I'm sure that my Republican pals will respond to at least some of this by referencing the Democrat's use of filibusters in the Senate to block a few of Bush's court nominees. There are several flaws in the analogy, however. The first is prevalence: Democrats have used filibusters to block 10 of Bush's 229 nominees, or slightly over 4%. The cases I've documented above are occurring 60% or 70% of the time. Democrats have used their tactics as a rare exception, Republicans have (literally) made anti-democratic tactics into the House Rules. Second, Democratic tactics don't lead to any change in law. Filibustering doesn't change the composition of the Federal Courts, it maintains the status quo. Republican tactics, however, are being used to get laws passed, to change the status quo. This is a major qualitative difference. Indeed, one could very well argue that judicial appointments are a special case that demands a more deferential standard to the minority party. This is because judicial appointments are permanent. You can repeal a law, but you can't remove a judge. Democrats cannot, via the filibuster, take any positive action with regard to the judiciary, only the executive can. The filibuster thus only serves to moderate President Bush's preferences, it cannot be used to enact the Democratic Party's own. The GOP tactics in the House, by contrast, make positive, proactive changes to our nation's statutory law and thus need to be evaluated under a far stricter standard than the filibuster. Third and finally, the Democrats are the minority party. Congressional rules are designed to make sure they have a voice in the procedure. The power imbalance between the majority and minority parties justifies some differential treatment if the minority party is to be able to influence the process. I don't even think that we're really asking for any special treatment at all, to be honest though. I have no problem with Republicans using filibusters to stop bills they dislike (assuming that a bipartisan coalition of Democrats and moderate Republicans had a majority to get it passed) and I would have serious problems with Democrats somehow preventing the GOP from debating it's proposed amendments (though as the above discussion makes clear, the GOP isn't so much interested in debating anything as railroading through whatever special-interest sop it has on the agenda at any given moment). But any realistic appraisal of congressional rules has to give the minority party at least some rules in its arsenal to combat majoritarian abuse, and the filibuster is one of the oldest of these procedures.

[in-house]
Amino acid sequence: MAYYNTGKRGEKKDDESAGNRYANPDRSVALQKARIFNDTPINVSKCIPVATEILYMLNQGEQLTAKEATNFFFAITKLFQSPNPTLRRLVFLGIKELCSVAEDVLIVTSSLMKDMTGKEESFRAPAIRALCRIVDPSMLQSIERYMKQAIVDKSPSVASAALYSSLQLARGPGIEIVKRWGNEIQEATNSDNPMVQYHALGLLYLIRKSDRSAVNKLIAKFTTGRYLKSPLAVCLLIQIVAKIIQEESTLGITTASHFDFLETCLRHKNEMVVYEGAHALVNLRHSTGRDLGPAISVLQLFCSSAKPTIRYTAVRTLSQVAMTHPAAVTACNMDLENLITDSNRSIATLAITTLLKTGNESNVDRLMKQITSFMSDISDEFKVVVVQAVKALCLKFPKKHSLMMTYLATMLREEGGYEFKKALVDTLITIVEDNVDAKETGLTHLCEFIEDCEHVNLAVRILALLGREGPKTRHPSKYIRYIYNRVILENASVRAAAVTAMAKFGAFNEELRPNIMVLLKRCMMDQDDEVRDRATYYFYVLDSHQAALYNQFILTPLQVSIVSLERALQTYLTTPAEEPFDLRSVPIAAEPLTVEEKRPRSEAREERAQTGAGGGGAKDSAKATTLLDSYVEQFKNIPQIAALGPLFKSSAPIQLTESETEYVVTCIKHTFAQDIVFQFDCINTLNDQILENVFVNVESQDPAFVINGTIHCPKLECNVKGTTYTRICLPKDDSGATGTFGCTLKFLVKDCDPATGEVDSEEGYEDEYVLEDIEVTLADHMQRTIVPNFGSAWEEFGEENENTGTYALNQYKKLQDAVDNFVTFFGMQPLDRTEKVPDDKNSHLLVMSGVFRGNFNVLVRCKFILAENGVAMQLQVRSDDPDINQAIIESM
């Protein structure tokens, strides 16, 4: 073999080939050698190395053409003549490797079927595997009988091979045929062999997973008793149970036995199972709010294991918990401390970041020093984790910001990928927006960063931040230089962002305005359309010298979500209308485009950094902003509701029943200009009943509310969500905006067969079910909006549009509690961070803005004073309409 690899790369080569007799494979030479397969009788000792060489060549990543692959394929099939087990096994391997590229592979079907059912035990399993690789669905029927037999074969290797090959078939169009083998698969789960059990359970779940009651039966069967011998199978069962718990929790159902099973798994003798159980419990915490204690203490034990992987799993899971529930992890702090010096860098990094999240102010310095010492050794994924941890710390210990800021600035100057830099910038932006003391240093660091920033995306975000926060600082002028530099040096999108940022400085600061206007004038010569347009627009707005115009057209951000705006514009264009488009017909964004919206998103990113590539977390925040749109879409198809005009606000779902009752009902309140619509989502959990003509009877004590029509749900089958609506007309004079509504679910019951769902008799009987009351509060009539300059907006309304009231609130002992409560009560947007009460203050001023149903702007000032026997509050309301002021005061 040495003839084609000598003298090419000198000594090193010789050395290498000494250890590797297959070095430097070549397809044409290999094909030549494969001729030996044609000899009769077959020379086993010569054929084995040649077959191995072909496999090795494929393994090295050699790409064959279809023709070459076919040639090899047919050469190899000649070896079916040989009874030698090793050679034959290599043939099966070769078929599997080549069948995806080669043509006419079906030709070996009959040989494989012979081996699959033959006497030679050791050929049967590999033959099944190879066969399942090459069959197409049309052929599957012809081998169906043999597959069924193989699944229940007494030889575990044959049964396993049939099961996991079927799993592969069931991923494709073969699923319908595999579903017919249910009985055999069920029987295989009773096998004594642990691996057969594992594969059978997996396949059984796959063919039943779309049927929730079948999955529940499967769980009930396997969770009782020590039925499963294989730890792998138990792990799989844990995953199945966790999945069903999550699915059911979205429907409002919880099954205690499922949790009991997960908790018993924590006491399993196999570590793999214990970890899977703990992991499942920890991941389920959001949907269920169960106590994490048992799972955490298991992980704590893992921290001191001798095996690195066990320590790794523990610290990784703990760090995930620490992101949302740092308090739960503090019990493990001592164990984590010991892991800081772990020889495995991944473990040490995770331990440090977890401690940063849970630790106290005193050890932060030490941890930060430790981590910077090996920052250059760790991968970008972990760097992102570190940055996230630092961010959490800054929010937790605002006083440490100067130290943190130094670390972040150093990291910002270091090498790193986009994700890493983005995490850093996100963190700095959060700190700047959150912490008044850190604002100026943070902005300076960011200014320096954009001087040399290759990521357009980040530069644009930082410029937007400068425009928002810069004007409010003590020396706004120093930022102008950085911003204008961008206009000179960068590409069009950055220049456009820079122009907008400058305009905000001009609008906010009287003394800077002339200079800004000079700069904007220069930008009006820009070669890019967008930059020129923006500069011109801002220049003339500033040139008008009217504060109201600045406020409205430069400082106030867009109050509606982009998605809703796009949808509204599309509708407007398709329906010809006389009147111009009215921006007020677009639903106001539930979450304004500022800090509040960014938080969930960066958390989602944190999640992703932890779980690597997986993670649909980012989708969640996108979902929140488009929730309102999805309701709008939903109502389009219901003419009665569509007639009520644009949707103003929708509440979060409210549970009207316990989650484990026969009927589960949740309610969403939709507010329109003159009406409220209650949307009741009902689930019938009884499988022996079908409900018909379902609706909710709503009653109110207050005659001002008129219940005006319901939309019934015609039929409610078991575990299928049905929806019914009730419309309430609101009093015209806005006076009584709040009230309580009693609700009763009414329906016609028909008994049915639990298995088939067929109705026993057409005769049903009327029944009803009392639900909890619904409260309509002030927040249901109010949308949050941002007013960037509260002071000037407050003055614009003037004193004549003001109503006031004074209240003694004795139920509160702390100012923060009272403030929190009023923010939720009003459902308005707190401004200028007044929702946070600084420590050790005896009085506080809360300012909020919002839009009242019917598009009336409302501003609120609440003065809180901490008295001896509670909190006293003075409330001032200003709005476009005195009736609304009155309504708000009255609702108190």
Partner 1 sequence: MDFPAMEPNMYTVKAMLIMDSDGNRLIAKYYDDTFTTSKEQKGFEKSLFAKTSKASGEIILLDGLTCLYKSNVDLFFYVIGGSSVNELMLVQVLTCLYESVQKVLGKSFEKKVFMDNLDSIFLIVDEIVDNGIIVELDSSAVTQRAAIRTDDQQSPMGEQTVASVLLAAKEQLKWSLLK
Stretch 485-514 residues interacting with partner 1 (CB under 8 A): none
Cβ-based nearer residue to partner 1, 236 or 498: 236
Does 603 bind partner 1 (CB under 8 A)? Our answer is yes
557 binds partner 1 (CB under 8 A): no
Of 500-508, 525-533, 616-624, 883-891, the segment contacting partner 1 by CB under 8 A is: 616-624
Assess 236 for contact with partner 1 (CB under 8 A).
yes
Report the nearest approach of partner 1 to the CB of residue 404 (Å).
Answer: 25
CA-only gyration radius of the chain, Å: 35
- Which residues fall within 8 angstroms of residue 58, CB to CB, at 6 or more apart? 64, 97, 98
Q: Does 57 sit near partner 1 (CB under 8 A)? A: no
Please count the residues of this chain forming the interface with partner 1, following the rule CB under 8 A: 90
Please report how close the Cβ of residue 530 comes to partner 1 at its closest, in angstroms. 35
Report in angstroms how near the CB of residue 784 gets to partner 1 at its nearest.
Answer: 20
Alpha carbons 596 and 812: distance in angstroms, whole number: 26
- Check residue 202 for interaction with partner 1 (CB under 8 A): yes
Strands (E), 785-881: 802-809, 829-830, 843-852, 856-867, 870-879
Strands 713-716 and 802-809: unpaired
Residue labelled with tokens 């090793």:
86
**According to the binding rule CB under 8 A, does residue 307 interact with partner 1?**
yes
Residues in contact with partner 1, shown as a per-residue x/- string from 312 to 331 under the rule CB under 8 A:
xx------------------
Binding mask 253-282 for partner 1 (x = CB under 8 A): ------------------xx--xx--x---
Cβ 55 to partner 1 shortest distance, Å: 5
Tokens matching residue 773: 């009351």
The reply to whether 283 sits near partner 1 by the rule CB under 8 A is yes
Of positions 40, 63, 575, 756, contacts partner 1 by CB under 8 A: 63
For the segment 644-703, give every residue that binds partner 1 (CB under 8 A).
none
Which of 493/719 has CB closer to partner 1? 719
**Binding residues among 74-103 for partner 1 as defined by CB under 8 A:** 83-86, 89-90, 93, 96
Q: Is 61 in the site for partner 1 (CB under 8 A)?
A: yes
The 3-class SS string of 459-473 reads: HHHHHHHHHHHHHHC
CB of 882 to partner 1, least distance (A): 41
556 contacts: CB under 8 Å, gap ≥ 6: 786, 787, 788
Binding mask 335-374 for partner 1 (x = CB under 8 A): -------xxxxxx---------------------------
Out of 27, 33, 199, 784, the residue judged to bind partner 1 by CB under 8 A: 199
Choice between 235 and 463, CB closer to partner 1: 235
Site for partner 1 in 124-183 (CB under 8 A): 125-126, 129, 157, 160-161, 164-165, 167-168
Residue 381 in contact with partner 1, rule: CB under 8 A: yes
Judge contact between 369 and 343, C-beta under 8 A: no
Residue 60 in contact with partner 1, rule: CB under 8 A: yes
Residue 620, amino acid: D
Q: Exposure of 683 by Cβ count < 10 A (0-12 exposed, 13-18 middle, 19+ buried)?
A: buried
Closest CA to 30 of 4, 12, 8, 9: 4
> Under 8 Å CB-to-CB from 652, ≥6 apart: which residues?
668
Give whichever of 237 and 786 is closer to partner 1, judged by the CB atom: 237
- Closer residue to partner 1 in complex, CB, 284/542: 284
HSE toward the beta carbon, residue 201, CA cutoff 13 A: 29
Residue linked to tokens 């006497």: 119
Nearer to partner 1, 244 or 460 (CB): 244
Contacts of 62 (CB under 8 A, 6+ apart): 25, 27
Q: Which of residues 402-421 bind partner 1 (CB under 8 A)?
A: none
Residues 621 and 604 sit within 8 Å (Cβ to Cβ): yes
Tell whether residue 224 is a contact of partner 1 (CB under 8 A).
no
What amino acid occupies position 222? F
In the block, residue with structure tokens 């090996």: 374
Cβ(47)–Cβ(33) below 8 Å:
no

The tactics of Tom DeLay and Company cannot be justified by mere partisan differences or shrugs of "that's politics." They represent the complete and utter breakdown of what it means to live in a deliberative democracy. I have no problem with legitimate, even passionate disagreement on the issues. But that presupposes that the majority party is even going to allow the discussion. Right now, they're not, and it's America's reputation as democracy's leading light that suffers.